Everybody talks about Shaughnessy Cohen's stories. I had an opportunity this morning to speak with Mary Clancy, who was a dear, dear friend of Shaughnessy and one who really thinks of herself as a sister. I said to Mary “If you had an opportunity today to tell some of Shaughnessy's stories, what would you say?” Mary said “Most of them are not repeatable, at least not here in this House, at least not on this day”.

But I think Mary spoke for all of us when she said “Shaughnessy was the most joyous human being that I have ever known”. That is why she is going to be greatly missed in this place. It is hard to imagine the depth of the grief and the shock that is felt by her family.

The greatest tribute that we could pay to Shaughnessy Cohen is to learn the lesson that we are in this place to serve our constituents. We are here because we are driven by a common purpose of trying to build a better society. She will be greatly missed, but her lessons will not be missed on us.

On behalf of my colleagues, I want to express my deepest condolences to her family and to this great family of her friends and colleagues.


10:20 a.m.

Progressive Conservative

Elsie Wayne Progressive Conservative Saint John, NB

Mr. Speaker, I rise today with a tear in my eye, as there are many tears in the eyes of our colleagues in the House of Commons. We have lost a wonderful, wonderful Canadian today. I look over and see the flowers that are in her seat and on her desk.

Shaughnessy had a sense of humour. When I was here in 1993 there were just two in my party at that time. I sat up in the corner and she used to encourage me to stay. She would joke with me when I was on the elevator with her. Her friend Mary Clancy did the same.

I want to say to her husband, to her daughter and to her family, thank you for sharing her with us. Tremendous sacrifices are made by families, and people across this country do not realize that.

She loved justice. She had a friend in my colleague here, Peter. They would joke back and forth. One day she ran over and asked “Where do you buy your sweaters, Elsie? I want a sweater just like yours”. A couple of weeks ago she came in with a sweater and asked “Is it as nice as yours, Elsie?” I said “I'm not quite sure, darlin'; it's on a Liberal”.

Yes, I have to say that she was partisan, but she was a wonderful person. We were fortunate to have her here. She loved justice. She just loved being the chair of that committee. She loved all of us here in this House of Commons. It is truly a great loss for the people of Windsor, but it is also a great loss for us because she was different. She was different from some of us who are here today.

On behalf of all of my colleagues, I say to her husband, daughter and family, thank you very much for sharing her with us. You are in our prayers and she is in our prayers. You will continue to be in our prayers from here on out. On behalf of my colleagues, our condolences to all of you. Thank you for sharing Shaughnessy with us.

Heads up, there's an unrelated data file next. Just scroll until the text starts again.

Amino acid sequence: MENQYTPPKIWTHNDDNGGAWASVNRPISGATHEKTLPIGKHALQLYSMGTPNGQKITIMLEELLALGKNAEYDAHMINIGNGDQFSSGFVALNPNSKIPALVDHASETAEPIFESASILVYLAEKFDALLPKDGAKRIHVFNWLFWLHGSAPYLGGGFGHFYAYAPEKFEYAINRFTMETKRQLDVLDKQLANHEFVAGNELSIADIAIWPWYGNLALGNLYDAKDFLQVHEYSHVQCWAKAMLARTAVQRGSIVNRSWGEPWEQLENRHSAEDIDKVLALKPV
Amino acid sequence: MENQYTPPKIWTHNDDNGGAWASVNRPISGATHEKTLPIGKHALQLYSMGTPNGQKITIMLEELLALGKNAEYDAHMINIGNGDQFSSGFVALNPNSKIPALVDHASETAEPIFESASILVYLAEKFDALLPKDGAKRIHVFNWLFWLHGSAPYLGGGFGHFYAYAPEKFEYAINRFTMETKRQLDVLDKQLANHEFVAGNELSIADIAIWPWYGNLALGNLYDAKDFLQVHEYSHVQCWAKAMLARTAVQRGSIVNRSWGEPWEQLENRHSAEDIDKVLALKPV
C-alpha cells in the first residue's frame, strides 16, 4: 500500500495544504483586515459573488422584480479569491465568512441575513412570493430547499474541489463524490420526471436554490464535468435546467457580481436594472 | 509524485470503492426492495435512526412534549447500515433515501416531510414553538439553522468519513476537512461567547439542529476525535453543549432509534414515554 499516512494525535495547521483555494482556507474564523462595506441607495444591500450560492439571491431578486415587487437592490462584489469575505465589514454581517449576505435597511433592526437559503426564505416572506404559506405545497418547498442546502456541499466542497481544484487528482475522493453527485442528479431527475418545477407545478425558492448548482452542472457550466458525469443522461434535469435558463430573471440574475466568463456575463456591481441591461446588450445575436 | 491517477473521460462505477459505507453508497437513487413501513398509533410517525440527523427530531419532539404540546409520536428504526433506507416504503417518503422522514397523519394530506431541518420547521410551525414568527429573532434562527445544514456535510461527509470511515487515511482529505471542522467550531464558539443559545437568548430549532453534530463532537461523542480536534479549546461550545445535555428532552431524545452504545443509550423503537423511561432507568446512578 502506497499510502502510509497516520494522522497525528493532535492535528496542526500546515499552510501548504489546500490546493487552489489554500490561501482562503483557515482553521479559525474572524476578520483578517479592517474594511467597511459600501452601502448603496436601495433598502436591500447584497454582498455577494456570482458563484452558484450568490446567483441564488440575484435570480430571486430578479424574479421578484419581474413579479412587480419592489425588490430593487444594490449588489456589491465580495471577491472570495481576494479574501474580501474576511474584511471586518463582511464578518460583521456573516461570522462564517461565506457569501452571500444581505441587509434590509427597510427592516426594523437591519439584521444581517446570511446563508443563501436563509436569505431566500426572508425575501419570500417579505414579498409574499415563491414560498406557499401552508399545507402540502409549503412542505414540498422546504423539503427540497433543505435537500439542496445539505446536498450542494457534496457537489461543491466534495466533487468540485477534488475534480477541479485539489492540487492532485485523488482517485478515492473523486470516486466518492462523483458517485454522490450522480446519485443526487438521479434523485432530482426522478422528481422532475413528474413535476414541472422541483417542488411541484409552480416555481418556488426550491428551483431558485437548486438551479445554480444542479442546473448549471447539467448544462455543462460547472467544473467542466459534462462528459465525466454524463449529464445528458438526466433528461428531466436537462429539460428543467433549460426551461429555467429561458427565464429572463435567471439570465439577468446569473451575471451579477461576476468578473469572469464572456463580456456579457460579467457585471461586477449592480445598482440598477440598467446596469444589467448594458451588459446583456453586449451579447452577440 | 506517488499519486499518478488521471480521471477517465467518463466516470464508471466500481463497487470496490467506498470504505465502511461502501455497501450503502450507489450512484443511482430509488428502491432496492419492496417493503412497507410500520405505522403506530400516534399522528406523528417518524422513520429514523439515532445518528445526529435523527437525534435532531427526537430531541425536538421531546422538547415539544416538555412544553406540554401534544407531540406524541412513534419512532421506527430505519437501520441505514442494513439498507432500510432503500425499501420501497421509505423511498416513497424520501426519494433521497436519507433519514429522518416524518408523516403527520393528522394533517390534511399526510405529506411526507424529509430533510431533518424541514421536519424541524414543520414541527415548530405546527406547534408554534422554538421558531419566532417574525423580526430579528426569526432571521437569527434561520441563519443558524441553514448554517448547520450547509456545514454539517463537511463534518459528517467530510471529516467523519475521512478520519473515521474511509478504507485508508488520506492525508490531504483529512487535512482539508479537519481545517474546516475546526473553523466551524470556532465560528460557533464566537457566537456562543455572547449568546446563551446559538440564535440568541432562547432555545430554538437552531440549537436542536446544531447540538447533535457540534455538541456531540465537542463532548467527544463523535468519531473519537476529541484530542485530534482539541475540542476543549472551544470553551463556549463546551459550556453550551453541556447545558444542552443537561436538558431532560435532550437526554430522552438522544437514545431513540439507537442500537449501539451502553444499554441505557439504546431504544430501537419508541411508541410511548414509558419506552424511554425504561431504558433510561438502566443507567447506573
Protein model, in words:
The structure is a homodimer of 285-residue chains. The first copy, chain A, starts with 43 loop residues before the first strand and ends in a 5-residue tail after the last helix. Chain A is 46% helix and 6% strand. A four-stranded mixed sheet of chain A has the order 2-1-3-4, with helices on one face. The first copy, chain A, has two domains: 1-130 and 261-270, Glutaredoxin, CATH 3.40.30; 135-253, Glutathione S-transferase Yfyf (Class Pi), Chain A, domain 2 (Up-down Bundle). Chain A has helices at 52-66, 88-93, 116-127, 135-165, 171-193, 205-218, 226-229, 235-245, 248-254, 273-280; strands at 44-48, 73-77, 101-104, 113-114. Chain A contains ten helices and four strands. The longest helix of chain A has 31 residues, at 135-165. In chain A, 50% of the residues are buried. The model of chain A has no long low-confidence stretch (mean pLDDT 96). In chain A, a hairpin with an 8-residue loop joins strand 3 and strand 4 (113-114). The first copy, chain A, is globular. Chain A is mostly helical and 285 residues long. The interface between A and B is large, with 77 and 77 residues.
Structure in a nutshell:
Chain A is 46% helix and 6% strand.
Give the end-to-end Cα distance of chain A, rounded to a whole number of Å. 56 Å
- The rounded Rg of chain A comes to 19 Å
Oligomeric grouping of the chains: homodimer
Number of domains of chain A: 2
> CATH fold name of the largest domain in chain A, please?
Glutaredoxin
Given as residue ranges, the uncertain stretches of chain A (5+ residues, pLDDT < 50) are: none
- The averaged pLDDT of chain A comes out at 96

10:25 a.m.

The Speaker

I address my few remarks to Shaughnessy's family and friends, and to my colleagues in the House of Commons.

As the Prime Minister said, we are a family. Just as Shaughnessy was part of your family, she was part of ours in this House and part of the larger Canadian family.

There was an umpire in Welland where I grew up and played baseball. His name was Frank Chase. He was hard of hearing. He had a hearing aid. Every time something went wrong in a game and everyone started yelling at old Frank, he would turn off his hearing aid. I think of him sometimes when I am in this House. I do not want to wear a hearing aid, but if I had one I would have turned it off quite a few times when I heard what Shaughnessy was saying down at the other end.

Shaughnessy loved the House. She loved being here. She loved the give and take of Parliament. She loved the institution. She was a partisan, with no apologies.

Of course, she always held me in awe and she always feared me. That is why on Wednesday of last week she waved to me from just behind the chair over there. When I came out she grabbed me by the arm. As I said, she always feared me. She said “Listen here, Gib, you have to do something to make sure that the House doesn't get out of control”. I said “Shaughnessy, you could help me a great deal”.

And as a family when she fell here in the House, I yelled out to get a doctor. Bob Kilger got to his feet and asked did we have a doctor. Grant Hill was over there within seconds and pretty soon Peter Adams and André Bachand were there. We could not get at her. She was on the floor. We moved chairs. Our head page, Daniel Cardinal, came and he looked at me. I said yes, take them out, and he ripped out six desks so we could get at her, so we could get help. I thank you for doing for us, for Shaughnessy, what we could not do.

We are a family, a very, very special family. We are going to have to mourn too, like you.

I want to invite you, my colleagues, and the family of course, to room 216 afterward. There is a book of remembrance that I invite you to sign. But more than anything, I just want us to be together for a little while.

We are going to miss Shaughnessy. She belonged to us.


10:30 a.m.

Some hon. members

Hear, hear.


10:30 a.m.

The Speaker

I am going to suspend the House for about five minutes and then we are going to do a little bit of business before the day is out.